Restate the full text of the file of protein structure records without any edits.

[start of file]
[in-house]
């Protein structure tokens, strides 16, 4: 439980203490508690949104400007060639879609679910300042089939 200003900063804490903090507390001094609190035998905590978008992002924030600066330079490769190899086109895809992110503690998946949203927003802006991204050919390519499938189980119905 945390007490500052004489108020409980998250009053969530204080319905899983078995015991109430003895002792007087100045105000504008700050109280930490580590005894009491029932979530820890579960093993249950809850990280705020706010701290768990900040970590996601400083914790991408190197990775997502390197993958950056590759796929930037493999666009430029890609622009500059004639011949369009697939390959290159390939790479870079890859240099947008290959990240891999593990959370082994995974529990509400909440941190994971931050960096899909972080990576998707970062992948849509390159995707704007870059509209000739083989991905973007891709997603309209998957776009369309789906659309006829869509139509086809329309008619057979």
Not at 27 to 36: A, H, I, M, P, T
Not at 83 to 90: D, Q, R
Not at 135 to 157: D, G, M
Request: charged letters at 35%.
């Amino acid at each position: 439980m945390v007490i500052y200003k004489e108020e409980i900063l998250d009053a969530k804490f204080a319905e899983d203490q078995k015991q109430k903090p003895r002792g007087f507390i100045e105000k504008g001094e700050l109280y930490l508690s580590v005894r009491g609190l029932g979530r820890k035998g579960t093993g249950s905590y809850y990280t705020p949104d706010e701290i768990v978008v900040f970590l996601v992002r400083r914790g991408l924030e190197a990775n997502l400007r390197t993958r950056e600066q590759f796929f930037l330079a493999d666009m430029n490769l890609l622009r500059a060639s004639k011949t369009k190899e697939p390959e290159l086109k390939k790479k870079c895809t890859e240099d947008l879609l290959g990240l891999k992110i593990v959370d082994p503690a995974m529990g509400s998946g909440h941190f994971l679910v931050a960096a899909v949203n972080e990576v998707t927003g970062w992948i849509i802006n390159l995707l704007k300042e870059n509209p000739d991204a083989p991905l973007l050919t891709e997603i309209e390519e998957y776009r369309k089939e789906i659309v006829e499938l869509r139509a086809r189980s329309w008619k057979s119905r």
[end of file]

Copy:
[in-house]
């Protein structure tokens, strides 16, 4: 439980203490508690949104400007060639879609679910300042089939 200003900063804490903090507390001094609190035998905590978008992002924030600066330079490769190899086109895809992110503690998946949203927003802006991204050919390519499938189980119905 945390007490500052004489108020409980998250009053969530204080319905899983078995015991109430003895002792007087100045105000504008700050109280930490580590005894009491029932979530820890579960093993249950809850990280705020706010701290768990900040970590996601400083914790991408190197990775997502390197993958950056590759796929930037493999666009430029890609622009500059004639011949369009697939390959290159390939790479870079890859240099947008290959990240891999593990959370082994995974529990509400909440941190994971931050960096899909972080990576998707970062992948849509390159995707704007870059509209000739083989991905973007891709997603309209998957776009369309789906659309006829869509139509086809329309008619057979």
Not at 27 to 36: A, H, I, M, P, T
Not at 83 to 90: D, Q, R
Not at 135 to 157: D, G, M
Request: charged letters at 35%.
């Amino acid at each position: 439980m945390v007490i500052y200003k004489e108020e409980i900063l998250d009053a969530k804490f204080a319905e899983d203490q078995k015991q109430k903090p003895r002792g007087f507390i100045e105000k504008g001094e700050l109280y930490l508690s580590v005894r009491g609190l029932g979530r820890k035998g579960t093993g249950s905590y809850y990280t705020p949104d706010e701290i768990v978008v900040f970590l996601v992002r400083r914790g991408l924030e190197a990775n997502l400007r390197t993958r950056e600066q590759f796929f930037l330079a493999d666009m430029n490769l890609l622009r500059a060639s004639k011949t369009k190899e697939p390959e290159l086109k390939k790479k870079c895809t890859e240099d947008l879609l290959g990240l891999k992110i593990v959370d082994p503690a995974m529990g509400s998946g909440h941190f994971l679910v931050a960096a899909v949203n972080e990576v998707t927003g970062w992948i849509i802006n390159l995707l704007k300042e870059n509209p000739d991204a083989p991905l973007l050919t891709e997603i309209e390519e998957y776009r369309k089939e789906i659309v006829e499938l869509r139509a086809r189980s329309w008619k057979s119905r």